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After deadly collapse, Congo vows to remove illegal miners from Glencore concession

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After deadly collapse, Congo vows to remove illegal miners from Glencore concession
FILE PHOTO: The logo of commodities trader Glencore is pictured in front of the company's headquarters in Baar, Switzerland, November 20, 2012. REUTERS/Arnd Wiegmann/File Photo   -   Copyright  Arnd Wiegmann(Reuters)
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KINSHASA (Reuters) – Congo’s interior minister vowed to remove all illegal miners by Sunday from a copper and cobalt mine run by Glencore following a landslide this week that killed at least 43 of them.

Thursday’s accident at the Kamoto Copper Company (KCC) concession near Democratic Republic of Congo’s southern border with Zambia has focused attention on the dangers run by informal miners, who burrow dozens of metres below ground in search of ore using rudimentary tools.

Glencore estimates that some 2,000 diggers enter KCC property each day. Tens of thousands more work in and around other major mines across Congo’s copperbelt.

“From tomorrow, if you come back here, you won’t see any more clandestines,” Interior Minister Basile Olongo told reporters on Saturday at the mine. “We are going to take measures to evacuate everyone.”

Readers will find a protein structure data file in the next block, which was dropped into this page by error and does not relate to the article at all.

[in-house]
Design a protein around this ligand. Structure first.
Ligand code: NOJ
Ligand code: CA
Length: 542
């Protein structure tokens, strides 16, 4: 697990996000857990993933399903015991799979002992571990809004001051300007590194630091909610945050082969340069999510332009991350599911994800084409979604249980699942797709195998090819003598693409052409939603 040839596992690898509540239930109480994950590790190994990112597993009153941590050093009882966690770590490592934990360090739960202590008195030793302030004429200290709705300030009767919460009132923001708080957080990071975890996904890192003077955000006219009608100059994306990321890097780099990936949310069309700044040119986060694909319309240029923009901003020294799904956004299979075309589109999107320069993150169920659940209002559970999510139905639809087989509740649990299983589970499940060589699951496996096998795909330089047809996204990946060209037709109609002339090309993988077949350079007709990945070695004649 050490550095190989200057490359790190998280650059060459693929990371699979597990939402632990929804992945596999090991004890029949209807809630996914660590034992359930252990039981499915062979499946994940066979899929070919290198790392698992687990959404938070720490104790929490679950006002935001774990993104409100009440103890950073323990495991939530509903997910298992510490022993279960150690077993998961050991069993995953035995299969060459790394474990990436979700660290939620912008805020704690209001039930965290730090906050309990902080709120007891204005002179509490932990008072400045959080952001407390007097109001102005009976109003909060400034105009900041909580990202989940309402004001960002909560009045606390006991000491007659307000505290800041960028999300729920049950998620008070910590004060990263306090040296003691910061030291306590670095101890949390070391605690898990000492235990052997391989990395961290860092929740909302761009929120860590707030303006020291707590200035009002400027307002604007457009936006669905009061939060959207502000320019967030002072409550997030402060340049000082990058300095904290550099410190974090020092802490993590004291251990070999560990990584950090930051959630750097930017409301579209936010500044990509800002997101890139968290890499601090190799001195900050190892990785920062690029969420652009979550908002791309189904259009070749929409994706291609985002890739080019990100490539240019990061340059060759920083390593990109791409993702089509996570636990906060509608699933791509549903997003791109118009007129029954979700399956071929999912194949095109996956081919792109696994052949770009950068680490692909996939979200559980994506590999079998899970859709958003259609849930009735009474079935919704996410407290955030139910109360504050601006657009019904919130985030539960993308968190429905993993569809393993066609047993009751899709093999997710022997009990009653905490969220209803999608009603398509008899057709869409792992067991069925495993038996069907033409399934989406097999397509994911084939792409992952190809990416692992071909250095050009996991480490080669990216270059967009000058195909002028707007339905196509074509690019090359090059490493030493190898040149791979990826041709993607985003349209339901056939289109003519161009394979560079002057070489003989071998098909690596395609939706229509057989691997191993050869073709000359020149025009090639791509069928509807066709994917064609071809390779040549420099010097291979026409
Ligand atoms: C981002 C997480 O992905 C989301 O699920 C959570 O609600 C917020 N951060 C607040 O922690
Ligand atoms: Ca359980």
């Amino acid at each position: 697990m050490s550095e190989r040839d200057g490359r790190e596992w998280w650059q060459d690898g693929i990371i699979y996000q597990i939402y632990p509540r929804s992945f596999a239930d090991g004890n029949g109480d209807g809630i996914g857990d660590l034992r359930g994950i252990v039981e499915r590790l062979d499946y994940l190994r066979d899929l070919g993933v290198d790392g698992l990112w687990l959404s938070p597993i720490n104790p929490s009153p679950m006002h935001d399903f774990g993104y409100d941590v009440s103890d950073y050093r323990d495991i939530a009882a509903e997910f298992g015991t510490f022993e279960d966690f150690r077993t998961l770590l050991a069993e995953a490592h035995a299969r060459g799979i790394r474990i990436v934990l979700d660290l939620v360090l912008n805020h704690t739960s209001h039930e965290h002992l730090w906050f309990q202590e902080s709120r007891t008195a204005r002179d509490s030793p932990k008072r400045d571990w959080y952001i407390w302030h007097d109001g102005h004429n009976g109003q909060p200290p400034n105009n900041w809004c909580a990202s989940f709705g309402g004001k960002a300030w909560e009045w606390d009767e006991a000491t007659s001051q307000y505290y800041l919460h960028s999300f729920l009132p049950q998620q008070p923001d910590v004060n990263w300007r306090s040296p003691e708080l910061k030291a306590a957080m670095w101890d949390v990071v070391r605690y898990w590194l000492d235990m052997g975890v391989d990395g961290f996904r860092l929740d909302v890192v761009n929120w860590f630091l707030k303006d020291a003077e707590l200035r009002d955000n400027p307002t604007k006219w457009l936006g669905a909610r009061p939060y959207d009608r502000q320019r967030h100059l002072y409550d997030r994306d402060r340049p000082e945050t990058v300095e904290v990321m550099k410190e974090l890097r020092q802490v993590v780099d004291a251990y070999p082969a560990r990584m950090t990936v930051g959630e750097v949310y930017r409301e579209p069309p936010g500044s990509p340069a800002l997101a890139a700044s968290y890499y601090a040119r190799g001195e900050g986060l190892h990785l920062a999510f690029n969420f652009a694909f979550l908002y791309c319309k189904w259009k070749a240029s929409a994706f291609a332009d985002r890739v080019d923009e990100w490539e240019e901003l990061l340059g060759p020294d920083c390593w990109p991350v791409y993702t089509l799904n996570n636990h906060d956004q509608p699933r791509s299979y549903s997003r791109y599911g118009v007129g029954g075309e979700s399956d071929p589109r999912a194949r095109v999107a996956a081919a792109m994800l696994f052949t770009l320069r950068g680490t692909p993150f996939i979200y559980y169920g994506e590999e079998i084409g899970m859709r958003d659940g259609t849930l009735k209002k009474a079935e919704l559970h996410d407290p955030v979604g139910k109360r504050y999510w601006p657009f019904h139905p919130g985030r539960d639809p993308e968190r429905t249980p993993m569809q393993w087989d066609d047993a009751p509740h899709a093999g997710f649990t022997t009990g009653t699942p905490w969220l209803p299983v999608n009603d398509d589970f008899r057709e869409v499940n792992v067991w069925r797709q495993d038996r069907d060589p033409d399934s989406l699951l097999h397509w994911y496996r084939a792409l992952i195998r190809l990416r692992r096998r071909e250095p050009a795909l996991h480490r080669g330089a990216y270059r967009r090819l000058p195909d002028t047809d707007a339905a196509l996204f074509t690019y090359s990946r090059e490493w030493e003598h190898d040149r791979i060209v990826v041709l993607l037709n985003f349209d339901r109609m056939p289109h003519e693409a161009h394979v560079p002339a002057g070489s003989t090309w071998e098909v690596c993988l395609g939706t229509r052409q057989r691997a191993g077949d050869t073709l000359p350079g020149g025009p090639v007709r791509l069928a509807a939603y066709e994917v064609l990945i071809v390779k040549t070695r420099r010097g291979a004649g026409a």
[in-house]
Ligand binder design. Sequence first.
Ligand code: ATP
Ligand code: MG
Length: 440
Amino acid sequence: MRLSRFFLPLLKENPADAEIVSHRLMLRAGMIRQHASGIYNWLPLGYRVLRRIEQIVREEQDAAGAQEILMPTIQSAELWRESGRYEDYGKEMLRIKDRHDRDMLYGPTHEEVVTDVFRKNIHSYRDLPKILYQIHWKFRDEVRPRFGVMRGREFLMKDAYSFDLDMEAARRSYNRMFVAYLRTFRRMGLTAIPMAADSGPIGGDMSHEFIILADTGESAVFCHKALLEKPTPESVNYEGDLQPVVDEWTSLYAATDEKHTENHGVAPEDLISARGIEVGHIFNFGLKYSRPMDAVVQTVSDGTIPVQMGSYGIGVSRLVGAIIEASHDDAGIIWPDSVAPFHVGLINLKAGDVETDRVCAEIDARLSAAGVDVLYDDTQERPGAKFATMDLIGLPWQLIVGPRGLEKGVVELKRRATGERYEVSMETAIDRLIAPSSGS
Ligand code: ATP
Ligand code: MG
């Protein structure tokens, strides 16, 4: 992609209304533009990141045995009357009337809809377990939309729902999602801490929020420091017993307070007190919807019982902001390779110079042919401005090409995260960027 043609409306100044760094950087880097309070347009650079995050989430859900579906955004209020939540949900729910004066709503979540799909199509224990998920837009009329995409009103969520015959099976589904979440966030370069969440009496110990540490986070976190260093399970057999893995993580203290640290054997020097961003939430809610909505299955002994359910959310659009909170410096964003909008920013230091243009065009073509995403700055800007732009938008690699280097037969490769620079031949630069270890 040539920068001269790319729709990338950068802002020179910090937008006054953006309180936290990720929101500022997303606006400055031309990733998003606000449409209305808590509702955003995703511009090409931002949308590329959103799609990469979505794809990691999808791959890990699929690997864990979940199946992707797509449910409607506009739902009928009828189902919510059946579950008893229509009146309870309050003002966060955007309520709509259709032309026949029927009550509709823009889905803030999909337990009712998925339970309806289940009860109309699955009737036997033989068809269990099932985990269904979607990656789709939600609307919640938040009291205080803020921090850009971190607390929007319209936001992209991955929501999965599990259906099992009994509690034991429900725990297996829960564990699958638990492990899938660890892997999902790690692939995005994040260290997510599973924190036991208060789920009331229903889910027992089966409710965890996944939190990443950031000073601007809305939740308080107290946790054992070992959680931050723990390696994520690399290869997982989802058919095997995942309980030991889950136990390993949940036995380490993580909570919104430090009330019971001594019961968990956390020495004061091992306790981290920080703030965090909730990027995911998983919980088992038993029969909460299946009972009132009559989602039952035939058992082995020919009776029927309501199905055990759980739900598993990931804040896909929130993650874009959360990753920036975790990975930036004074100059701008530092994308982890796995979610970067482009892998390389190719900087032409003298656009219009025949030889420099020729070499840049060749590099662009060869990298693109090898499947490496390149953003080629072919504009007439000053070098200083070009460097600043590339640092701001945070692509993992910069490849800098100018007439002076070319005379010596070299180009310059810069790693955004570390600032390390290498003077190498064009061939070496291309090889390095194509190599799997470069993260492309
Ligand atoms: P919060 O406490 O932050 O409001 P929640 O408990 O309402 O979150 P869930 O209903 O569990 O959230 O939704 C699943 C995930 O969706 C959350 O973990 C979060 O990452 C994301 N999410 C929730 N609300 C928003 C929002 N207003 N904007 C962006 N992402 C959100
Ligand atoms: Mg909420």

Olongo did not say how the government planned to make the miners leave. The governor of Lualaba province, where the mine is located, told Reuters on Friday that the army would be deployed to KCC to deter miners from entering.

A Glencore spokesman did not respond to a request for comment.

Last week, Congo’s army sent hundreds of troops to the nearby Tenke mine, which is owned by China Molybdenum Co Ltd in response to the presence of as many as 10,000 informal miners there.

Those moves have alarmed human rights activists, who fear they will lead to violent clashes and abuses. The activists also say that security responses ignore the underlying factors that push people to the mines, namely poverty and unemployment.

Despite boasting rich reserves of copper, cobalt, gold, diamonds and tin, Congo is one of the world’s least developed countries, due largely to corruption and misgovernment.

In his remarks, Olongo criticized the miners who lost their lives.

“It’s sad. It is true that we have lost our compatriots, but which compatriots?” he said. “We have lost thieves who came to steal ore.”

Olongo also said the authorities were working to find alternative sites where the miners could work. However, previous initiatives to do so have not been sufficient to absorb a significant amount of miners.

(Reporting By Stanis Bujakera; Additional reporting and writing by Aaron Ross; Editing by Stephen Powell)

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